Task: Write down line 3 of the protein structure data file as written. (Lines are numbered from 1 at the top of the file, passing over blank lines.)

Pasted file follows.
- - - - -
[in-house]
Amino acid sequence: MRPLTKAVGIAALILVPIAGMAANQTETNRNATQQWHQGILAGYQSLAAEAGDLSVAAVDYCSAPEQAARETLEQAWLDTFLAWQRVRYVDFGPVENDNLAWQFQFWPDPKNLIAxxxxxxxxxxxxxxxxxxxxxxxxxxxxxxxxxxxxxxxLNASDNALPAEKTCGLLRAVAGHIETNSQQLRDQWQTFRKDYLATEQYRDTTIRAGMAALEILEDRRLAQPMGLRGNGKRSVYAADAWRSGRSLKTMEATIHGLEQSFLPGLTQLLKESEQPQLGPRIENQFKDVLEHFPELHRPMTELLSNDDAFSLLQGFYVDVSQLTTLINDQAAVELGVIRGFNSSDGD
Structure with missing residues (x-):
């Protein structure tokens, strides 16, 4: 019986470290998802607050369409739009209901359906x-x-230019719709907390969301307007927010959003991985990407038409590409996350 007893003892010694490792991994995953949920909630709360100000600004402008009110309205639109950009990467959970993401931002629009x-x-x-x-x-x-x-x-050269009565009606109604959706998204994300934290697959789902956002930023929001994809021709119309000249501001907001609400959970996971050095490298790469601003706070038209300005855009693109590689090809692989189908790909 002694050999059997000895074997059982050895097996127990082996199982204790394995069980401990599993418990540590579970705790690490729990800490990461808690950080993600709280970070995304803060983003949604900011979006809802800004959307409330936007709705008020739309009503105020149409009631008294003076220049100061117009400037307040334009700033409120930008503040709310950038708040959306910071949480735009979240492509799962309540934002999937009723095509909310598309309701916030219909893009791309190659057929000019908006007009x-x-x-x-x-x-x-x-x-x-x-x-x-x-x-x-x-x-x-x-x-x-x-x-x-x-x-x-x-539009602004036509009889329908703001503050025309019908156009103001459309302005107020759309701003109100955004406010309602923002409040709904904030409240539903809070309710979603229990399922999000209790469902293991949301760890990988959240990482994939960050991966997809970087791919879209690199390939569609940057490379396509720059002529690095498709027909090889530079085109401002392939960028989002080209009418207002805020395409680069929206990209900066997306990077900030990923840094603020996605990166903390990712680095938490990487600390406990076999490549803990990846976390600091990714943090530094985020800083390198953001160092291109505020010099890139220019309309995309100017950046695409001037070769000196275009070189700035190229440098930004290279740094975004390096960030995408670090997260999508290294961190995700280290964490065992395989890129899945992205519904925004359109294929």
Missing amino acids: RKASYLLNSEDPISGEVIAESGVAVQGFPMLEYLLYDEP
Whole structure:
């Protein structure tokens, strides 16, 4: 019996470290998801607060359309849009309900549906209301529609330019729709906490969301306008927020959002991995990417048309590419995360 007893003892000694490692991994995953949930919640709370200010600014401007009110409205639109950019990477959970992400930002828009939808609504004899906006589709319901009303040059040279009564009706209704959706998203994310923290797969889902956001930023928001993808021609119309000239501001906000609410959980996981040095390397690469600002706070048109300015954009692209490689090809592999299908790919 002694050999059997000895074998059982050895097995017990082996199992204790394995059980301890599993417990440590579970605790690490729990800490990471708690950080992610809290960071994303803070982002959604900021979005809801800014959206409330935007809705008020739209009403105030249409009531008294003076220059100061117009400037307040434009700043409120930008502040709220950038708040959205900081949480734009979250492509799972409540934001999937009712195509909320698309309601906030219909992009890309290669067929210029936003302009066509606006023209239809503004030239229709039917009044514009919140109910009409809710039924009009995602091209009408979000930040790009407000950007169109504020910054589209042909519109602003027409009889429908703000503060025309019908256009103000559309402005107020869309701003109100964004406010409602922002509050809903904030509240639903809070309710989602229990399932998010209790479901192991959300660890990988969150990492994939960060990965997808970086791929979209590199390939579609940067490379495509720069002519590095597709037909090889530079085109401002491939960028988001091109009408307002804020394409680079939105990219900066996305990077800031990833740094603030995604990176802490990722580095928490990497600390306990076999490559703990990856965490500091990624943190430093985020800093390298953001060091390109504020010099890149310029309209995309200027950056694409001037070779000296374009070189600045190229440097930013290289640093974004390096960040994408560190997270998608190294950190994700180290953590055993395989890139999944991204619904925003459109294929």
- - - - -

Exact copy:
Structure with missing residues (x-):